Page:Paine--Lost ships and lonely seas.djvu/55

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French pirate surged into the picture with several men of his own opinion, and remarked that when the shooting began there would be other targets besides Nikola. This convinced the mob that it might be healthier to let the Scotchman alone.

The captain and crew of the Exertion were threatened and ill used, but there seemed to be no intention of making them walk the plank or hewing them down with cutlasses. What to do with them was a problem rather perplexing, which was proof that the trade of piracy had fallen from its former estate. These were thrifty freebooters, however, and the business was capably organized. There were even traces of the efficiency management which was to become the religion of the twentieth century. The pirates' largest boat was manned by a crew which discarded some of its weapons, combed its whiskers, even washed its faces, and set off for the port of Principe in charge of the terrifying Bolidar.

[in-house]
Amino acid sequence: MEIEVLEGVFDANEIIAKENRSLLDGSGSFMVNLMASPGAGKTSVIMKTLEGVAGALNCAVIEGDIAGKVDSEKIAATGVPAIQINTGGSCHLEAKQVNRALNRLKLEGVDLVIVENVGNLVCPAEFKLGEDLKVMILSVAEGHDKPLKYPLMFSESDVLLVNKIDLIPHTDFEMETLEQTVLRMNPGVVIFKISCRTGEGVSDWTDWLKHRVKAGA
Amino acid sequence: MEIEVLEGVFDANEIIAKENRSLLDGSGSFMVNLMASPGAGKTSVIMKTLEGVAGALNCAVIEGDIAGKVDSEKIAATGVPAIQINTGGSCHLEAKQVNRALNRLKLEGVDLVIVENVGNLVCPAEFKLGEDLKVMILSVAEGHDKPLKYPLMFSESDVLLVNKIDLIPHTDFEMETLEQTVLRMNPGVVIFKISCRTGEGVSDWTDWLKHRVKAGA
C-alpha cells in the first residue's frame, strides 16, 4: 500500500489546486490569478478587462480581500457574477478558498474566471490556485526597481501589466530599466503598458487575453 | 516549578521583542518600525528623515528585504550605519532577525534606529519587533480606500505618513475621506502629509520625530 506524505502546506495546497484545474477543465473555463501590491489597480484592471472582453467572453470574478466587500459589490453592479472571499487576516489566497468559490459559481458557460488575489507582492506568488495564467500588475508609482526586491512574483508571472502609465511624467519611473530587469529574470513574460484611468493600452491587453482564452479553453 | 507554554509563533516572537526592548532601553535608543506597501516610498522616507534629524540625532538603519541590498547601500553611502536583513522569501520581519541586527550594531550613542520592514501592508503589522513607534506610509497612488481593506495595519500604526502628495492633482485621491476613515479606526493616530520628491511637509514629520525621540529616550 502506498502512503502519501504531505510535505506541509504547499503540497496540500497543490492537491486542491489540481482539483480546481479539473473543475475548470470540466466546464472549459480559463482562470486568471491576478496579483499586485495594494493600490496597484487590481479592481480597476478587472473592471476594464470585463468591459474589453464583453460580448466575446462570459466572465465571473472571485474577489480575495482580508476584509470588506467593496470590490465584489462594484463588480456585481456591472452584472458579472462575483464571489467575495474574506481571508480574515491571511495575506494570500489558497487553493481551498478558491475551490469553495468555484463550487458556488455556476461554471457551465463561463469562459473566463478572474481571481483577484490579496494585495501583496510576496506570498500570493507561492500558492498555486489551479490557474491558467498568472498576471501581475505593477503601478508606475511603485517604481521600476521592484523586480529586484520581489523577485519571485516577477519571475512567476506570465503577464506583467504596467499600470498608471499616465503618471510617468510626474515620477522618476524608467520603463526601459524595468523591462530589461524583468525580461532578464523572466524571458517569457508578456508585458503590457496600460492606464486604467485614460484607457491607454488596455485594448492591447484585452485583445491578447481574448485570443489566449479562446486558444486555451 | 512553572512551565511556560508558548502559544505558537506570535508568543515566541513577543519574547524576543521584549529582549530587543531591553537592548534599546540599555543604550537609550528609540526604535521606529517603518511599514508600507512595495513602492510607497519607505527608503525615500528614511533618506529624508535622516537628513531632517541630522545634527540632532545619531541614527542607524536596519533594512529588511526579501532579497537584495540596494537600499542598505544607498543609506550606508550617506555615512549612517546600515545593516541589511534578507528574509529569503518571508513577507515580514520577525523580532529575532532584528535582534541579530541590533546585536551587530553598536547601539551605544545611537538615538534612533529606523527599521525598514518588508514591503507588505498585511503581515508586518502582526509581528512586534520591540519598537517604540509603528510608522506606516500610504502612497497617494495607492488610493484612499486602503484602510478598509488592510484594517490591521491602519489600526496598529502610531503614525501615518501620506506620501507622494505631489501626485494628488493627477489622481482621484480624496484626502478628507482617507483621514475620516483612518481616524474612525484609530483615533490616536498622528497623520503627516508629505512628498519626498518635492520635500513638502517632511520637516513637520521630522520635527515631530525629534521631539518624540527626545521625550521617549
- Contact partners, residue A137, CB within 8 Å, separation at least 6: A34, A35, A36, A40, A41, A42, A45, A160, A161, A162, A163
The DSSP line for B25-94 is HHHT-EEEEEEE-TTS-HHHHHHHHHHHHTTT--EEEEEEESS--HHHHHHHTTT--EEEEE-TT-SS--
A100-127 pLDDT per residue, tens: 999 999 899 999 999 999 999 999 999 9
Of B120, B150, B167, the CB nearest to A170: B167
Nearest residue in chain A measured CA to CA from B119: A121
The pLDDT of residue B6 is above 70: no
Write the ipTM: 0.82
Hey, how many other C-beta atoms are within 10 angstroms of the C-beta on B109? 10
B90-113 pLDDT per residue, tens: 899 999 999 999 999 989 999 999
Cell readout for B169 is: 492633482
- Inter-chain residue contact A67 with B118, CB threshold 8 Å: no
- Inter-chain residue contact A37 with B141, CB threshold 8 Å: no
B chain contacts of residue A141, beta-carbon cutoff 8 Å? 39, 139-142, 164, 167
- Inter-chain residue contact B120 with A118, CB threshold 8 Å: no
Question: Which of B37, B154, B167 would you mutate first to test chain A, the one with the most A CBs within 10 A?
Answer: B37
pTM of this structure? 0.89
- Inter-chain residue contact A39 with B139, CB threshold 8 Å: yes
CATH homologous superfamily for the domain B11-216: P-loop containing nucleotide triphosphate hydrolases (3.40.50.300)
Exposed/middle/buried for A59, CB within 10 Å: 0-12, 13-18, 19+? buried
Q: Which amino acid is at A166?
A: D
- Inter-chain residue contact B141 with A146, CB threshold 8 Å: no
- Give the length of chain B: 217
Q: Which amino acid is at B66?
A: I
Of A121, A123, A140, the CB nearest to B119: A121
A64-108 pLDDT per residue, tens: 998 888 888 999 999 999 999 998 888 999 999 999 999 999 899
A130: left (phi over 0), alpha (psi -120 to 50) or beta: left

The boat carried letters to a merchant by the name of Dominico who acted as the commercial agent of the industrious pirates and sold their plunder for them. A representative of his was kept on board the wicked schooner and went to sea with her, presumably to make sure of honest dealings, a sensible precaution in the case of such slippery gentry. The whole arrangement was most repre-